God is still in charge.
THAT THE MOVEMENT OF THE WILL IS CAUSED BY GOD AND NOT ONLY THE POWER OF THE WILL
1 Some people, as a matter of fact, not understanding how God could cause a movement of the will in us without prejudice to freedom of will, have tried to explain these texts in a wrong way. That is, they would say that God causes willing and accomplishing within us in the sense that He causes in us the power of willing, but not in such a way that He makes us will this or that. Thus does Origen, in his Principles, explain free choice, defending it against the texts above.
2 So, it seems that there developed from this view the opinion of certain people who said that providence does not apply to things subject to free choice, that is, to acts of choice, but, instead, that providence is applied to external events. For he who chooses to attain or accomplish something, such as to make a building or to become rich, is not always able to reach this end; thus, the results of our actions are not subject to free choice, but are controlled by providence.
3 To these people, of course, opposition is offered quite plainly by the texts from Sacred Scripture. For it is stated in Isaiah (26:2): “O Lord, you have wrought all our works in us.” So, we receive not only the power of willing from God, but also the operation.
4 Again, this statement of Solomon, “wherever He wishes, He turns it” shows that divine causality is not only extended to the power of the will but also to its act.
5 Besides, God not only gives powers to things but, beyond that, no thing can act by its own power unless it acts through His power, as we showed above. So, man cannot use the power of will that has been given him except in so far as he acts through the power of God. Now, the being through whose power the agent acts is the cause not only of the power, but also of the act. This is apparent in the case of an artist through whose power an instrument works, even though it does not get its own form from this artist, but is merely applied to action by this man. Therefore, God is for us the cause not only of our will, but also of our act of willing.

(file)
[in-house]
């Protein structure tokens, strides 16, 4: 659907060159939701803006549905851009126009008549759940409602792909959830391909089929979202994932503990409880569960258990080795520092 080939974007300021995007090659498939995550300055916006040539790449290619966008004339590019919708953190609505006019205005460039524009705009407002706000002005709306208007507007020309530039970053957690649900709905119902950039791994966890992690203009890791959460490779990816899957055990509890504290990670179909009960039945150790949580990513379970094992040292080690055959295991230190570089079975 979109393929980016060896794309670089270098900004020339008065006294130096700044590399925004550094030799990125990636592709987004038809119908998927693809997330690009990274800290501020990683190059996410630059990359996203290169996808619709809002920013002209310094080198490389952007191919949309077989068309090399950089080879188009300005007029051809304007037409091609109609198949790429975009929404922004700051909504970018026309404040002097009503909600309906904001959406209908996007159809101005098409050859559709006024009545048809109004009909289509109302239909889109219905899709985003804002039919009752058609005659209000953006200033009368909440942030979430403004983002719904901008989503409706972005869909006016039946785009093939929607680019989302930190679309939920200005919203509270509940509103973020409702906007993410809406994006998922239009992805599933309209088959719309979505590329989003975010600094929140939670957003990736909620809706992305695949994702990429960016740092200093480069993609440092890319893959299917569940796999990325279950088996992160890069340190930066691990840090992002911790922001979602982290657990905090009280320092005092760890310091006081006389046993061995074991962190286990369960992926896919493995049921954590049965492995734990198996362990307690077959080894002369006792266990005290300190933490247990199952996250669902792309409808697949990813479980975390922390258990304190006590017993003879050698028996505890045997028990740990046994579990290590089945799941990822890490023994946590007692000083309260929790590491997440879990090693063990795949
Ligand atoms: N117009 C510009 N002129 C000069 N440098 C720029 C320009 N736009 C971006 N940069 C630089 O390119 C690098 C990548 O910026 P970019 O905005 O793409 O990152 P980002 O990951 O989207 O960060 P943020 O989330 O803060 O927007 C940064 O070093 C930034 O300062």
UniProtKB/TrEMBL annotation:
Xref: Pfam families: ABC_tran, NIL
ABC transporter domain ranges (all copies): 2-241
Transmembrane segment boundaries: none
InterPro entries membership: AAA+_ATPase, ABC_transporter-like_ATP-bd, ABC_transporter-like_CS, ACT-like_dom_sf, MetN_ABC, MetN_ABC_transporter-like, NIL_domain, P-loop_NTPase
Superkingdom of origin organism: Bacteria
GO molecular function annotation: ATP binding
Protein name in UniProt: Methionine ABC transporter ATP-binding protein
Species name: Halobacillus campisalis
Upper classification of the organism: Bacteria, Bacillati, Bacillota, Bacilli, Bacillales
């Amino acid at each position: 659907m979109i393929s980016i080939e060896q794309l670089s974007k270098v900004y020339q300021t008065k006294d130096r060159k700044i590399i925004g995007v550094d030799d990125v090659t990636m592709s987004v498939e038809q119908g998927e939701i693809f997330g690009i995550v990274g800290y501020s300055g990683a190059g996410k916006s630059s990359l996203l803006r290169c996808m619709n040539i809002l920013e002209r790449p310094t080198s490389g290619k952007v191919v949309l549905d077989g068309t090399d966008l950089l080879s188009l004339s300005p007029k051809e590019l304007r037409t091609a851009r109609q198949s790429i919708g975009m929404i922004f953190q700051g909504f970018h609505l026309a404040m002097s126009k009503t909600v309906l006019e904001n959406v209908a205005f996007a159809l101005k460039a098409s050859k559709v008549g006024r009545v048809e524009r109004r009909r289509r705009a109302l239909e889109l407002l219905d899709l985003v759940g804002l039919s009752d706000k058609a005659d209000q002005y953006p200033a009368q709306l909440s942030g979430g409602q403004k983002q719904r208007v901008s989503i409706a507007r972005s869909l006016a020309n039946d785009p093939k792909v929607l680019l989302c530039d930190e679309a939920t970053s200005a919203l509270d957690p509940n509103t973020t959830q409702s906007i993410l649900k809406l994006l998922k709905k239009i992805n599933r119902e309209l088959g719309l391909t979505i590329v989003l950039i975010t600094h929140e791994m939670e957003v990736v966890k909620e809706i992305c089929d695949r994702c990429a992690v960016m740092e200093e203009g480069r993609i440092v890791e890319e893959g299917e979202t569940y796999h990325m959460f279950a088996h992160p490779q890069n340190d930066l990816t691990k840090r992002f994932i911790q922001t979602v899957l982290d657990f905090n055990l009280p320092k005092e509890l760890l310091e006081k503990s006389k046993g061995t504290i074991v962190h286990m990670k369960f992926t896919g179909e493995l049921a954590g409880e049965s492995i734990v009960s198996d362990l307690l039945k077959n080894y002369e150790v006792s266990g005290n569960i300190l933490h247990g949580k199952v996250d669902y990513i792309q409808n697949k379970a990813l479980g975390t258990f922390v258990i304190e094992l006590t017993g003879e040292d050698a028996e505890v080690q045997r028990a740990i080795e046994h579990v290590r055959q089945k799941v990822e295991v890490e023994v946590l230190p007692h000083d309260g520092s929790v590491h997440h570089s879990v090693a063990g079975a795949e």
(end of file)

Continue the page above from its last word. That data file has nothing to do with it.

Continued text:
6 Moreover, a more perfect order is found in spiritual things than in corporeal ones. Among bodies, however, every motion is caused by the first motion. Therefore, among spiritual things, also, every movement of the will must be caused by the first will, which is the will of God.
7 Furthermore, we showed somewhat earlier that God is the cause of every action and that He operates in every agent. Therefore, He is the cause of the movements of the will.
8 Besides, an argument that is pertinent is offered by Aristotle, in Book VIII of the Eudemian Ethics, as follows. There must be a cause for the fact that a person understands, deliberates, chooses, and wills, for every new event must have some cause. But, if its cause is another act of deliberation, and another act of will preceding it, then, since one cannot go on to infinity in these acts, one must reach something that is first. Now, a first of this type must be something that is better than reason. But nothing is better than intellect and reason except God. Therefore, God is the first principle of our acts of counsel and of will.
Notes He saved the best for last! Note the similarity to one of the proofs of God’s existence.
Categories: Philosophy, SAMT
Council of Orange 529 AD quotes Scripture to this effect:
“The will is prepared by the Lord” (Prov. 8:35, LXX), and “For God is at
work in you, both to will and to work for his good pleasure” (Phil. 2:13).
Julian of Norwich too has this same thought but in relation to prayer:
Fourteenth Revelation, the Lord told Julian very clearly:
I am the ground of thy beseeching [in prayer]. First it is my will that thou have it, and next I make thee to will it, and next I make thee to beseech it—and thou beseechest it!
In this astounding moment, the Lord completely inverts the idea that prayer is initiated in any way by Julian (or any one of us) with the Revelation that it is entirely his own idea! Jesus identifies himself as the instigator and basis of all prayer. First, in his great goodness, Christ wills to give Julian (or any one of us) some special grace. Then he makes her conscious of the desire for it, deep within her heart. Next, he inspires her and gives her the desire to enter into prayer in order to beseech it. And then, she actually does beseech it in her prayer.
Am sending this one to someone very special who is not sure about God, but at the same time, loves Plato and Socrates and Aristotle. Hmmmm!
Prayer is talking with or to God, asking, beseeching, or just loving Him or just basking in His love, letting Him love us, so yes, He does place this desire in us to be wholly His and to seek Him with all of our heart. The free will part is that we can choose to do as He desires, or to not do so.
Thank you!! God bless, C-Marie